The Importance of Self Love for LGBTQ People
Fighting for the right to embrace who you are is at the core of the Lesbian, Gay, Bisexual, Transgender, and Queer (LGBTQ) liberation movement.
For far too long, LGBTQ people were shamed for being themselves.
The fight for LGBTQ rights still continues today—but significant progress has been made over the years.
The month of June, we honor how far the LGBTQ movement has come, but also shed light on the work that still needs to be done.
In a world that’s constantly telling LGBTQ people to hide who they are—Pride Month is an important reminder that we all have a right to embrace our true selves.
Why LGBTQ history month is important
June is pride month and during this time we honor the LGBTQ people.
In June of 1969, the Stonewall Uprising happened in Manhattan.
This was a monumental event and served as a catalyst for the Gay Liberation Movement.
Prior to the Stonewall Uprising, LGBTQ individuals would flock to gay bars/clubs to gather. It was a place for them to express who they are openly, without worry of persecution.
Eventually, the NY state Liquor Authority fined and shut down establishments that provided alcohol to known LGBTQ individuals. They referred to the conduct as being “disorderly”.
The Stonewall Inn was a place for LGBT individuals to gather and became a known gay club. Patrons brought their own alcohol, so a liquor license was not required. The owners of the club paid off cops, and this eventually became a safe haven for LGBTQ people to gather.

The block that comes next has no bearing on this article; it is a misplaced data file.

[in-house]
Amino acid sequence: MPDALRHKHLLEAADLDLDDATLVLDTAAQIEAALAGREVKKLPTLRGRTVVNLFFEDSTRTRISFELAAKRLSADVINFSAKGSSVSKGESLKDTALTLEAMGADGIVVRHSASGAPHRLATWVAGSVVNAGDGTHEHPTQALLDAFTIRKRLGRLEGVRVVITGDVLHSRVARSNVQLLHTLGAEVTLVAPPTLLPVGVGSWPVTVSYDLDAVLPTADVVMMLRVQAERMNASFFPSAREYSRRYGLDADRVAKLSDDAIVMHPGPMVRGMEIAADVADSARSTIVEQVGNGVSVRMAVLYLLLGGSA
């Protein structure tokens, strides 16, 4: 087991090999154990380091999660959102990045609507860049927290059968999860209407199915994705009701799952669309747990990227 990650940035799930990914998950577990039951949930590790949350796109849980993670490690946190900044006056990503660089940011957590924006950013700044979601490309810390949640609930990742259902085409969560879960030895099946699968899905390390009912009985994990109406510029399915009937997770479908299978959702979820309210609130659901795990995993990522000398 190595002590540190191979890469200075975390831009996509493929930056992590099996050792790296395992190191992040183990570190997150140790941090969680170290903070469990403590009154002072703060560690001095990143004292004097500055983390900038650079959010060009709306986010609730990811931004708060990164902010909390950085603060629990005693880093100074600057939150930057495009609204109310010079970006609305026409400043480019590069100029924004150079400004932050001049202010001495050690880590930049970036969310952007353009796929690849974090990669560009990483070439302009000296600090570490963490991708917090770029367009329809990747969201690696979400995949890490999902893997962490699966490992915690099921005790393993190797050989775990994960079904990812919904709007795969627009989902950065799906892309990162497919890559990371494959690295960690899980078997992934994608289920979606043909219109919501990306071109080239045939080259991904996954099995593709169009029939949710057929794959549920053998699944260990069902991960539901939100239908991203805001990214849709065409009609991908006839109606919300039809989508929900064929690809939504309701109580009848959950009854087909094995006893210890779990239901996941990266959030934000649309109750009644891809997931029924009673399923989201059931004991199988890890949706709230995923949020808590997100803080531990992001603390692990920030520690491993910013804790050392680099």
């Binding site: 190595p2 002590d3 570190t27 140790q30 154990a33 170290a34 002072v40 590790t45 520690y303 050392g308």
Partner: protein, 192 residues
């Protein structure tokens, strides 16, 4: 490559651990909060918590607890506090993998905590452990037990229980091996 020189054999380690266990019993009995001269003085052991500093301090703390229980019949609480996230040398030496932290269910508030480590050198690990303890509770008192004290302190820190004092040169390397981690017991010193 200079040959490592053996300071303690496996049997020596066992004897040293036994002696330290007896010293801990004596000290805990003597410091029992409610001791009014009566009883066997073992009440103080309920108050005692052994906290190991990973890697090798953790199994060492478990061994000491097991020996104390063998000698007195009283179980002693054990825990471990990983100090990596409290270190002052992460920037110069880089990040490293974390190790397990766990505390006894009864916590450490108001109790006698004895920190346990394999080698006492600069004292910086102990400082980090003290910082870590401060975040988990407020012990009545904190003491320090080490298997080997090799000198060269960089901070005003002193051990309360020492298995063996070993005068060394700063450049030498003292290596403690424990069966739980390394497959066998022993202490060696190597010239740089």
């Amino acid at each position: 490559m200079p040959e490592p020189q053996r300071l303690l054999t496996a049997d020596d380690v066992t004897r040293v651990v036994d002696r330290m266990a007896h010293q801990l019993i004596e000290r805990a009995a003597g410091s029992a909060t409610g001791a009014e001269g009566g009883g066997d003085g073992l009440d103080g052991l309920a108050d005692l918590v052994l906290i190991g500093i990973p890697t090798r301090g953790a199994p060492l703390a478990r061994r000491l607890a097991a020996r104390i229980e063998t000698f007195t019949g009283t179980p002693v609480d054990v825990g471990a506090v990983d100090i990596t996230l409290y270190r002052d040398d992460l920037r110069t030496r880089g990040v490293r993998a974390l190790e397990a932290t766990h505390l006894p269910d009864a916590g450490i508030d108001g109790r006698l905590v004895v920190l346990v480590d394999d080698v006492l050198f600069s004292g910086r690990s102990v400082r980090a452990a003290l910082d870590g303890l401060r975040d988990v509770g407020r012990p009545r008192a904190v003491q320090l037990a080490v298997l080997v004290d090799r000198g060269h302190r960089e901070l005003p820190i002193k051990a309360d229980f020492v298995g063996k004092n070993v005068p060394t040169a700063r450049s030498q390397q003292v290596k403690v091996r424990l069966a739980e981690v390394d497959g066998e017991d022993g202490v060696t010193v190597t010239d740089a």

On June 28, 1969—police raided the club and found illegal alcohol and arrested individuals who were violating the “gender-appropriate” clothing statute (this statute didn’t allow cross-dressing). This raid caused riots to break out when people saw how the police were mishandling the patrons.
The Stonewall Riots were not the beginning of the gay riots movement, but they were an important turning point.
A year later, thousands marched from the Stonewall Inn to Central Park marking the first gay pride parade.
When President Barack Obama was in office, he named the Stonewall Inn, Christopher Park, and other surrounding streets a national monument honoring gay rights.
Learning about the history of Pride Month is so important because it describes LGBTQ individuals’ fight for rights.
The mental strain on individuals fighting to be themselves is taxing. It’s important we use this month to remember how far we have come in the movement for LGBTQ rights, but also to recognize how far we still have to go.
Why is self love so important for LGBTQ people?
“Caring for myself is not self-indulgence, it is self-preservation, and that is an act of political warfare.” —Audre Lorde, black feminist lesbian activist and icon
For LGBTQ people, much of life is spent fighting to express who you are.
When so many people make you question who you are everyday, the mental strain can be exhausting.
In a world that’s constantly telling you there’s something wrong with you, self-love is a key component to get through the tough days.